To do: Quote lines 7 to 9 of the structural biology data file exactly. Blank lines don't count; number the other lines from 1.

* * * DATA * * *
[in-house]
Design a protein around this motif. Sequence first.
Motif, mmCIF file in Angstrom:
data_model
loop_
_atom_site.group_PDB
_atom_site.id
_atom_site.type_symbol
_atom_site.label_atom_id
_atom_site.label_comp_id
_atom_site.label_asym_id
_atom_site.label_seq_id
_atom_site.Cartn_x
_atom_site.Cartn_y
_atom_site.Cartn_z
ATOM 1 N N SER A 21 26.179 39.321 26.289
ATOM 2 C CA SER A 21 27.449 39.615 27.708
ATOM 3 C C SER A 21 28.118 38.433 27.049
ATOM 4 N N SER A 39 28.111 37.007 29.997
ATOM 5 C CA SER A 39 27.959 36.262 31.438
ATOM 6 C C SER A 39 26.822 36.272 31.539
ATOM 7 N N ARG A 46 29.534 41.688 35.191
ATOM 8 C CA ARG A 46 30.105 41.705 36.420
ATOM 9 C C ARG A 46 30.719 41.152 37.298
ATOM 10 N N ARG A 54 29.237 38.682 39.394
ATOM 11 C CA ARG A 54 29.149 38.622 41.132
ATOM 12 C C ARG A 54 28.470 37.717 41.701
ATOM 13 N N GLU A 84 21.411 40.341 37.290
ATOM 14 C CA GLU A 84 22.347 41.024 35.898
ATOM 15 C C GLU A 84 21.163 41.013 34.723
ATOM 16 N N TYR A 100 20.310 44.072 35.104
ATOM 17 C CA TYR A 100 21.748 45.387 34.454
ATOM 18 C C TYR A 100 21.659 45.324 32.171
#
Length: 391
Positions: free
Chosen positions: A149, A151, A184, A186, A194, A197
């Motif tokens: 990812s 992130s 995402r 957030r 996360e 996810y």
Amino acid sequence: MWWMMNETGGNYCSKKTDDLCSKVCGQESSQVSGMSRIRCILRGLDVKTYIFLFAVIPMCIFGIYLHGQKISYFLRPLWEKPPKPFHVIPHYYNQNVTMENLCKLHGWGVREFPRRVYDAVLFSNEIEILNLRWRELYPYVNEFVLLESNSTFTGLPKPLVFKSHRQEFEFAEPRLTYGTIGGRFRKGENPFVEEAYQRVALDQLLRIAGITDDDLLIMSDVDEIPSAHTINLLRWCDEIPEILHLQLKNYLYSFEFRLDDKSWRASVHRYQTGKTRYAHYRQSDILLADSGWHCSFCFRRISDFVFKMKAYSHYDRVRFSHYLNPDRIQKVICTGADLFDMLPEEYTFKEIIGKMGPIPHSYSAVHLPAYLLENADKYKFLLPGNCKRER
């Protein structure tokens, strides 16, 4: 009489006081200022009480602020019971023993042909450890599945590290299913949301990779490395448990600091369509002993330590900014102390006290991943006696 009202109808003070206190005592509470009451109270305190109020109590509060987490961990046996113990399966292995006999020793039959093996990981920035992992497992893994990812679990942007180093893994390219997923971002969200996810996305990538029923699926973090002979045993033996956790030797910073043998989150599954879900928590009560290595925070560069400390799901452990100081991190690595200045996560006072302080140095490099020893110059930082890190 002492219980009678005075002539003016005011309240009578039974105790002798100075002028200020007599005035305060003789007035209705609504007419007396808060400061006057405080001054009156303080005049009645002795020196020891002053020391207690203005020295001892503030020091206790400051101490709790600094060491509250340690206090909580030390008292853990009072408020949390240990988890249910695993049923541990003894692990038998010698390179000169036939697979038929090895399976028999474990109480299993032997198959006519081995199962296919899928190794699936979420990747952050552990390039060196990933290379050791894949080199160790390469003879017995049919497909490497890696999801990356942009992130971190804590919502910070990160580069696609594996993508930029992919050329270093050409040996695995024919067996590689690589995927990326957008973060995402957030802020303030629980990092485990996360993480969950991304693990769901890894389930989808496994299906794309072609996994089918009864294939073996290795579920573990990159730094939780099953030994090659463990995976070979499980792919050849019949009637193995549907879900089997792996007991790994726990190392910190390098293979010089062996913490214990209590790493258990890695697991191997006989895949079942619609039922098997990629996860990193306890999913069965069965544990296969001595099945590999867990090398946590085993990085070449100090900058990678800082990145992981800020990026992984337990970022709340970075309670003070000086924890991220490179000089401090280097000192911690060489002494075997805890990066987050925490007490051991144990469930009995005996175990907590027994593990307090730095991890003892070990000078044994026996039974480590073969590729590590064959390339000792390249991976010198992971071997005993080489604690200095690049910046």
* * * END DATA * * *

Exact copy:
_atom_site.id
_atom_site.type_symbol
_atom_site.label_atom_id